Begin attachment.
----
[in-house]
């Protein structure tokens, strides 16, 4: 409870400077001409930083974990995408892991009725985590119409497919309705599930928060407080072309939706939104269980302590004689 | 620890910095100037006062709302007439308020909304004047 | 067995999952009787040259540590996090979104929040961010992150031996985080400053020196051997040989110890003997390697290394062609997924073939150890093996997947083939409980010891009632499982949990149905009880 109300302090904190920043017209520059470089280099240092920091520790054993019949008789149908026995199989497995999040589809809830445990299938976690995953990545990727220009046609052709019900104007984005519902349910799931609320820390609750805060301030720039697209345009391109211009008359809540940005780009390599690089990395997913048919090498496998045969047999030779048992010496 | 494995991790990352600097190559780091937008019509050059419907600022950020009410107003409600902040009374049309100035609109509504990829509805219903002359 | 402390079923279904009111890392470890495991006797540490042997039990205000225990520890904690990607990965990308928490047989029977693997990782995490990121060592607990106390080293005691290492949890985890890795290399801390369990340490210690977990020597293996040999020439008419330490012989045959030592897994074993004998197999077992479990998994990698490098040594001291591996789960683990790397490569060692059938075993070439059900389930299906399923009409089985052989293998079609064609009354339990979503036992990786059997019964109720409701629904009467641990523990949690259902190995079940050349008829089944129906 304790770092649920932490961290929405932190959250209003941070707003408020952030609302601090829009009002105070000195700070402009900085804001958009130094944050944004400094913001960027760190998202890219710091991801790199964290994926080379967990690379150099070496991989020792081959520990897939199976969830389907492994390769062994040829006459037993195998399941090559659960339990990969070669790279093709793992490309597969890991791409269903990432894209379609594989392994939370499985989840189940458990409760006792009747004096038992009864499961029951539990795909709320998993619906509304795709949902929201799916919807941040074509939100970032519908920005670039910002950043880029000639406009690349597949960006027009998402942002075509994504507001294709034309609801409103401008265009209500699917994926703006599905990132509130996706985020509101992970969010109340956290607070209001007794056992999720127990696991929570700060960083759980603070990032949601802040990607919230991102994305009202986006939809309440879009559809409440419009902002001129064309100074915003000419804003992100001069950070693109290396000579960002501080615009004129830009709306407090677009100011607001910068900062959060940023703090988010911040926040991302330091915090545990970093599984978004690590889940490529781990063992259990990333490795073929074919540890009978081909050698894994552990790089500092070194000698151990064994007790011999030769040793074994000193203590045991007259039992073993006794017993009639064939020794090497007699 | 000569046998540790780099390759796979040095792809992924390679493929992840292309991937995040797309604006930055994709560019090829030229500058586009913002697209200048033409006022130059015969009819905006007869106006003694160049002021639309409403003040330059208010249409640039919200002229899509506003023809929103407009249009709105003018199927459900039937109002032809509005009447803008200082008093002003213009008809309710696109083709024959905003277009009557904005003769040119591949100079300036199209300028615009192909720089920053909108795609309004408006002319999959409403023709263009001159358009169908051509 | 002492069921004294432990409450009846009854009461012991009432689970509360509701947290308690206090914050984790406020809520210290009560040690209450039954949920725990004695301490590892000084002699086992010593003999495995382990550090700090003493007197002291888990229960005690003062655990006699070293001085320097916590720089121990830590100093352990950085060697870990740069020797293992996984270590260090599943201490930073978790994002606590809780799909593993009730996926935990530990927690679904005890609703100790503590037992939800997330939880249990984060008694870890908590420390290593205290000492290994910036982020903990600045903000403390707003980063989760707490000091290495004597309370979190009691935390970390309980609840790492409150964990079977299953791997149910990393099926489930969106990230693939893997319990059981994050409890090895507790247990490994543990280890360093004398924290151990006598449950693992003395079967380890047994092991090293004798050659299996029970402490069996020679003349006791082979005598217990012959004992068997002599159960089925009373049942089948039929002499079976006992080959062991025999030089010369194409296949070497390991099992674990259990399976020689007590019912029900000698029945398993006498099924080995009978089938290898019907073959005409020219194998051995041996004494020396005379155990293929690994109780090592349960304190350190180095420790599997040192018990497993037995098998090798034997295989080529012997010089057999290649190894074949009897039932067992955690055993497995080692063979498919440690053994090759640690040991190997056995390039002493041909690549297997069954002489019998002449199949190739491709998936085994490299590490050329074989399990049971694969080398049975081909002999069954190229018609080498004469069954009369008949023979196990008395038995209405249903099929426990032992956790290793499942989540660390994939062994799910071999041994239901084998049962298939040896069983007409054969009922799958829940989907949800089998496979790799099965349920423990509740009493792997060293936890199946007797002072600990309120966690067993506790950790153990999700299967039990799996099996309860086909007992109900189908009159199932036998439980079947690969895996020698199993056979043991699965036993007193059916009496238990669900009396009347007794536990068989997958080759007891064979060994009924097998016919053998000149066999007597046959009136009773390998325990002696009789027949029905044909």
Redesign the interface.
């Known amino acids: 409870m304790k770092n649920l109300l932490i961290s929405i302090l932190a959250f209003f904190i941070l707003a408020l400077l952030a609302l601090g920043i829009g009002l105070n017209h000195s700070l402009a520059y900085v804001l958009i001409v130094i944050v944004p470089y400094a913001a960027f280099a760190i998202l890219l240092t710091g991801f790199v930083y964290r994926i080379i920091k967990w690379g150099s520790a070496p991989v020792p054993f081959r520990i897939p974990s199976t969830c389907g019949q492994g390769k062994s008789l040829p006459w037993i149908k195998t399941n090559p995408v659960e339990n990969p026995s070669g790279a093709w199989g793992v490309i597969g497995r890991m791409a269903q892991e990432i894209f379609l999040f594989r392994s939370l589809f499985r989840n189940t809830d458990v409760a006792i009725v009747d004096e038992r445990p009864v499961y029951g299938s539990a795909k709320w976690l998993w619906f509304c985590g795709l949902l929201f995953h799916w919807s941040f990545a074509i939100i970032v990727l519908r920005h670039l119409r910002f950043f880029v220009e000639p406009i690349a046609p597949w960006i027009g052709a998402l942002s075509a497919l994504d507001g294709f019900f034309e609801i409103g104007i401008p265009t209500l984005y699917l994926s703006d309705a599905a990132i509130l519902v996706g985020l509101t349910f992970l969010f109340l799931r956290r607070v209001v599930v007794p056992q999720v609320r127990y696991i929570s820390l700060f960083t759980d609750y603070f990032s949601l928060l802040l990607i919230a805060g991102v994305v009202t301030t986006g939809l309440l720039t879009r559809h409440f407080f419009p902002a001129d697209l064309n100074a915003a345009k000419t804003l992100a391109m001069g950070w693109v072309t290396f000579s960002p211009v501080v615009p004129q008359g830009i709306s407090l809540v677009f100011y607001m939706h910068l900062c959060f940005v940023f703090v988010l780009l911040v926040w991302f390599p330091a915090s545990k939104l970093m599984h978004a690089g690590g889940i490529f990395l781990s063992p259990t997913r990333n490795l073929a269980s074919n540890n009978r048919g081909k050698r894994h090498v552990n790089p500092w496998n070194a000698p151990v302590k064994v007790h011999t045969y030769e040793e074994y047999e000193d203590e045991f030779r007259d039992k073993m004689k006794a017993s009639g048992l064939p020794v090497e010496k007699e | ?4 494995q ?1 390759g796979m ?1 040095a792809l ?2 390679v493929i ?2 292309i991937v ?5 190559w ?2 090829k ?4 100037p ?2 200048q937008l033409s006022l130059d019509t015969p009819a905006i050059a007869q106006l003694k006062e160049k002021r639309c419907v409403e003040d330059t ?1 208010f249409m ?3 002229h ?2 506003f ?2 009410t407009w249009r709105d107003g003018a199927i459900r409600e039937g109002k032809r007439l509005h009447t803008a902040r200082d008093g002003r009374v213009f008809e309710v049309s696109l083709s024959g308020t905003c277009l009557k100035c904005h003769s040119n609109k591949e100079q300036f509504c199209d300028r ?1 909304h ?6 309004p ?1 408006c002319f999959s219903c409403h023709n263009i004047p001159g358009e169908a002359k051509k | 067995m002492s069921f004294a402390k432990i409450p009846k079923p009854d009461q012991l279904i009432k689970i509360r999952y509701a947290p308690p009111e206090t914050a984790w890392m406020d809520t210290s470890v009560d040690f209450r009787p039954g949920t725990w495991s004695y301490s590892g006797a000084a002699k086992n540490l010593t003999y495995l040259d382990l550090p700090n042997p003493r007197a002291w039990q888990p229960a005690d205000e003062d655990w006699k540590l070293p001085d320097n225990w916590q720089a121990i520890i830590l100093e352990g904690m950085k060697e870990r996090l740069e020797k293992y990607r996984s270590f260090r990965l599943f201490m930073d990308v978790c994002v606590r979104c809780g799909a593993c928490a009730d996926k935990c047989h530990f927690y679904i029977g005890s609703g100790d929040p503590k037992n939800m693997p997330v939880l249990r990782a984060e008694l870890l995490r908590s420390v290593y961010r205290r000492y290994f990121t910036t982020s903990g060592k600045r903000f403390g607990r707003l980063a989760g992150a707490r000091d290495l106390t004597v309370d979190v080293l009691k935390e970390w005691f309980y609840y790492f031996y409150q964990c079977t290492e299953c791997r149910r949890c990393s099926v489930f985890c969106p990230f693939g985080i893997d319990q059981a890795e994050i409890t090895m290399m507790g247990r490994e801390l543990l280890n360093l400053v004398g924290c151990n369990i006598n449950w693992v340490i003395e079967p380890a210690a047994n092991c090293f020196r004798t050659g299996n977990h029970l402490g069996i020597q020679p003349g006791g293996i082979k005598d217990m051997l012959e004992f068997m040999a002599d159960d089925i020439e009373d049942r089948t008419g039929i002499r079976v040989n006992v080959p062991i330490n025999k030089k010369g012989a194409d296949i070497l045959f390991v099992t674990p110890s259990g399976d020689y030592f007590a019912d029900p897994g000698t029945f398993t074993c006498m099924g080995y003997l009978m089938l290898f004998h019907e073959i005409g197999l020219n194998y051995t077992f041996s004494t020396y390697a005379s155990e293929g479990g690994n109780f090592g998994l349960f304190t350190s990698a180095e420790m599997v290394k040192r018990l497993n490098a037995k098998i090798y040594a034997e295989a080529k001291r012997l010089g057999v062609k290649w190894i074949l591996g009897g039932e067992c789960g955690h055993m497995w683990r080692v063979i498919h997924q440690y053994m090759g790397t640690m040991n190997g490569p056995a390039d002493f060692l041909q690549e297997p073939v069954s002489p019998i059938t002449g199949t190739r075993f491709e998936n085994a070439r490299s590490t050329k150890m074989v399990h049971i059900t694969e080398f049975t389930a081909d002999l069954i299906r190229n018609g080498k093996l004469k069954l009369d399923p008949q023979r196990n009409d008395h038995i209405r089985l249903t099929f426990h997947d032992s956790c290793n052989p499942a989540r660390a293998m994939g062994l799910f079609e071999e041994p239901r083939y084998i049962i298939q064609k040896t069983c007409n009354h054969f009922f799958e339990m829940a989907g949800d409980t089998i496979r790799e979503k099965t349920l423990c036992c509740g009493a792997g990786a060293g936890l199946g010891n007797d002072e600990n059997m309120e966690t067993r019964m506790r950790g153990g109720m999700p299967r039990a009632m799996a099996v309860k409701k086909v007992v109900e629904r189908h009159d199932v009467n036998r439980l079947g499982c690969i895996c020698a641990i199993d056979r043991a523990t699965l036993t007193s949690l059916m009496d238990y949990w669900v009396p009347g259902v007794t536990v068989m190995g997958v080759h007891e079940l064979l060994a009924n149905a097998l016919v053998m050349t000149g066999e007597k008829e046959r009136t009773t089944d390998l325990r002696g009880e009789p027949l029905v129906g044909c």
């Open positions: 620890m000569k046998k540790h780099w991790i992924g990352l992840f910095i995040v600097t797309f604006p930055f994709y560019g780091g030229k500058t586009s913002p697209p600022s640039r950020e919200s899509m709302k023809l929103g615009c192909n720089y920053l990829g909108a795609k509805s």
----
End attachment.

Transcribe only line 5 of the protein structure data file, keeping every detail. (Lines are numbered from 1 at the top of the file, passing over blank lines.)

């Open positions: 620890m000569k046998k540790h780099w991790i992924g990352l992840f910095i995040v600097t797309f604006p930055f994709y560019g780091g030229k500058t586009s913002p697209p600022s640039r950020e919200s899509m709302k023809l929103g615009c192909n720089y920053l990829g909108a795609k509805s």